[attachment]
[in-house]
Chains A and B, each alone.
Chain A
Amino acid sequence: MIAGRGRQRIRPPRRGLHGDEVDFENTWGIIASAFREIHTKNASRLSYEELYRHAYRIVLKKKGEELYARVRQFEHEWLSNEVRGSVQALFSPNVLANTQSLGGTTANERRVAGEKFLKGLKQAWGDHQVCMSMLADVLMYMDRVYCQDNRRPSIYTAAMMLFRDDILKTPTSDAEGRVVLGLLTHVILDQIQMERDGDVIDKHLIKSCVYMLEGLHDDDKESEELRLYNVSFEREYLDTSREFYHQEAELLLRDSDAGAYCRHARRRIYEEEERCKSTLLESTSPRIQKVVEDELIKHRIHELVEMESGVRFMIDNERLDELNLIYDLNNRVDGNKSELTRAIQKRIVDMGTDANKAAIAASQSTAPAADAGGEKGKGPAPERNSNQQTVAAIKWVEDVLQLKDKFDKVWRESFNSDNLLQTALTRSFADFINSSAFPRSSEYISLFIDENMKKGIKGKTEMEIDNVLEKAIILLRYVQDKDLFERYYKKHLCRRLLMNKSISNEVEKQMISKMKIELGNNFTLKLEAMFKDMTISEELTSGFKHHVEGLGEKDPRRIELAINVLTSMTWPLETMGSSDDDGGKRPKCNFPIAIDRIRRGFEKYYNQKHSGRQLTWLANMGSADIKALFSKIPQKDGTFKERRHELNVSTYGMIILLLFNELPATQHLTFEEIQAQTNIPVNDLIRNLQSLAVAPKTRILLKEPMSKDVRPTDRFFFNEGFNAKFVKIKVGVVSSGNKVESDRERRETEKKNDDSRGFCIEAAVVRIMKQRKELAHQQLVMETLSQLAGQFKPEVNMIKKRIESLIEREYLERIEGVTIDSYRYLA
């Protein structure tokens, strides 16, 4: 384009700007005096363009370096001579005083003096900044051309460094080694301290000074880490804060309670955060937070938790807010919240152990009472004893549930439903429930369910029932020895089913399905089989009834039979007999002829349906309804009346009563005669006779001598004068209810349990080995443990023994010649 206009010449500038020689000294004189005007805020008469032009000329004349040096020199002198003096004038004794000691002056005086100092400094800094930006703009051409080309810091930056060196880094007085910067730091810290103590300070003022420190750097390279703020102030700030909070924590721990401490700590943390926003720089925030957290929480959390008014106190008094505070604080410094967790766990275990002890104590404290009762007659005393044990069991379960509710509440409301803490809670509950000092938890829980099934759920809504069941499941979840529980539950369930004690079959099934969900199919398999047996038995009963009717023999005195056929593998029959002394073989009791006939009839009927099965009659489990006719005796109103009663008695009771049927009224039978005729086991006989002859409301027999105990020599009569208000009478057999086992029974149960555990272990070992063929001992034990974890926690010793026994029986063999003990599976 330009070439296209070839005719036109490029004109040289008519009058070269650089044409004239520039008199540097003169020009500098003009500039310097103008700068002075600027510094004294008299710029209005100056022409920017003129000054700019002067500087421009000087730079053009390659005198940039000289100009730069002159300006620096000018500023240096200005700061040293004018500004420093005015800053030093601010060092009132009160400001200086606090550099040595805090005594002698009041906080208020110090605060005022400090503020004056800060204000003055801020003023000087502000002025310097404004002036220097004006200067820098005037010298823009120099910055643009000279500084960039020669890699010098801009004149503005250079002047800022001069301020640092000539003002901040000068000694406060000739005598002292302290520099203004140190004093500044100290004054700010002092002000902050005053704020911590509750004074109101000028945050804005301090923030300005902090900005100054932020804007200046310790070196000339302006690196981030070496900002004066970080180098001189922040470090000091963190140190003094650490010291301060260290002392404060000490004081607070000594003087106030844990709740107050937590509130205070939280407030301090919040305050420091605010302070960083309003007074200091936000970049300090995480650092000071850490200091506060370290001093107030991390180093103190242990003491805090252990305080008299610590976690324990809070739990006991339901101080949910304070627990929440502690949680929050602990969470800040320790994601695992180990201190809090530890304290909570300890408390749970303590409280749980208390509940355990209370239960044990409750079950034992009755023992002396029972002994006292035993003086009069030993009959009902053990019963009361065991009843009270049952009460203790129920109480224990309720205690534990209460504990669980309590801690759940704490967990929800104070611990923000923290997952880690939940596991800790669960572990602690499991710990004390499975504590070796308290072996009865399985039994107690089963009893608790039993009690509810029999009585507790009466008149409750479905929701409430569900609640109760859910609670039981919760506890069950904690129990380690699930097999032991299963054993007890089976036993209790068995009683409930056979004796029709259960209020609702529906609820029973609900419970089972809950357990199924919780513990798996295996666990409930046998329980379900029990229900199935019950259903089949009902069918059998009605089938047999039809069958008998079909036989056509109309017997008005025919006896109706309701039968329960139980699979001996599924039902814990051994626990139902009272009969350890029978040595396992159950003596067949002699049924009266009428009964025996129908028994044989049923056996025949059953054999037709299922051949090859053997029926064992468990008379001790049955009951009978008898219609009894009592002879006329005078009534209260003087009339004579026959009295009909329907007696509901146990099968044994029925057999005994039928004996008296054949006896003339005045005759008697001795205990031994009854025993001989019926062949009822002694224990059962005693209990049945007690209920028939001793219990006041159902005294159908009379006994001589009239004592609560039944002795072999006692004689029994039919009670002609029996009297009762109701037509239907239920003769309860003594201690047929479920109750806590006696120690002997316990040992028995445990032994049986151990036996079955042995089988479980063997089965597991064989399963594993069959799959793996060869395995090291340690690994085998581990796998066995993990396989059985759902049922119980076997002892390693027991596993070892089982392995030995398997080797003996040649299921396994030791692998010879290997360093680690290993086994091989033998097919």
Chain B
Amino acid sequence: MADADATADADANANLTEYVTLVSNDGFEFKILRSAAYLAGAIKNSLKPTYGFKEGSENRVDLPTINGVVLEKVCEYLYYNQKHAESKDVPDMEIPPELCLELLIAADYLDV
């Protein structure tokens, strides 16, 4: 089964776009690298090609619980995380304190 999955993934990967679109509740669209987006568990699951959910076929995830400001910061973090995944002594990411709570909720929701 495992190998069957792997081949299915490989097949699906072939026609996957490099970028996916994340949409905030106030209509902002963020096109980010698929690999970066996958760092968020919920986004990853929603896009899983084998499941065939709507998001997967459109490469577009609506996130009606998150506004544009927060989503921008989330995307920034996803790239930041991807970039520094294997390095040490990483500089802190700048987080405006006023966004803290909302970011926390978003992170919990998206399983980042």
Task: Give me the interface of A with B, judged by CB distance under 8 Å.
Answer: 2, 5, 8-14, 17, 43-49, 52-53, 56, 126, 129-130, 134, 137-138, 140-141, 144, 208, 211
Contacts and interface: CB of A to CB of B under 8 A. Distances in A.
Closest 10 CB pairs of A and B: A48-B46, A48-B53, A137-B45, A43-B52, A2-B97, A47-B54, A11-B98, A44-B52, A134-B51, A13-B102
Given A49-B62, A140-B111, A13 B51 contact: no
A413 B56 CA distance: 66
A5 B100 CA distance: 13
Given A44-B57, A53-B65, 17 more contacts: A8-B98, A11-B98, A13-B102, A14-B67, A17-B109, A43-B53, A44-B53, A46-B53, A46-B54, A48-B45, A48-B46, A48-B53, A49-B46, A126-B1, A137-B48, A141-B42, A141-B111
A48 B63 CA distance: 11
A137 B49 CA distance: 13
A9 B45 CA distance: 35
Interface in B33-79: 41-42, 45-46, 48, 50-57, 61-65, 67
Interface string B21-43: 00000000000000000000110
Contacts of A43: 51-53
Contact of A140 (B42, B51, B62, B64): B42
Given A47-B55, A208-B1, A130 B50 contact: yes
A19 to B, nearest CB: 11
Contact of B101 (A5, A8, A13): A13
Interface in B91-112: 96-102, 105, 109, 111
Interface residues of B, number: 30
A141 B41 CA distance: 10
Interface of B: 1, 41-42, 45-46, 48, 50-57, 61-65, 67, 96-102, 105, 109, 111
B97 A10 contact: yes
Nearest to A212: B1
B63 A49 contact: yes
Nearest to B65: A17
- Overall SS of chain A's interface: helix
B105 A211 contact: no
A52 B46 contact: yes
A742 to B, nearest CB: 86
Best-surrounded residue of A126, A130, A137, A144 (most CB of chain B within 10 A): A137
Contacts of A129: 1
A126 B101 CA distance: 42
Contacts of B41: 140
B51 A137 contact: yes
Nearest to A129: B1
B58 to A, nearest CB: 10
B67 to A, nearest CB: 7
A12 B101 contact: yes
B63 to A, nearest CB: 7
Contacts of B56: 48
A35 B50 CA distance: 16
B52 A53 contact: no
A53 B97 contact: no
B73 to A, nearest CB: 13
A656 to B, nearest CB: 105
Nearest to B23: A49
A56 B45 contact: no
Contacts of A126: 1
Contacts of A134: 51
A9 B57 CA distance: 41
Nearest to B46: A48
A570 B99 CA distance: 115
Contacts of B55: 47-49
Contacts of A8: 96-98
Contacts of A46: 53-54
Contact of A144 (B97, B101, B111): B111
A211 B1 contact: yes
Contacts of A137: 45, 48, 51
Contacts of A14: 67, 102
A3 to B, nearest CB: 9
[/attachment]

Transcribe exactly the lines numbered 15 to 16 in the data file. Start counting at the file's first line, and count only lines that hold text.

A5 B100 CA distance: 13
Given A44-B57, A53-B65, 17 more contacts: A8-B98, A11-B98, A13-B102, A14-B67, A17-B109, A43-B53, A44-B53, A46-B53, A46-B54, A48-B45, A48-B46, A48-B53, A49-B46, A126-B1, A137-B48, A141-B42, A141-B111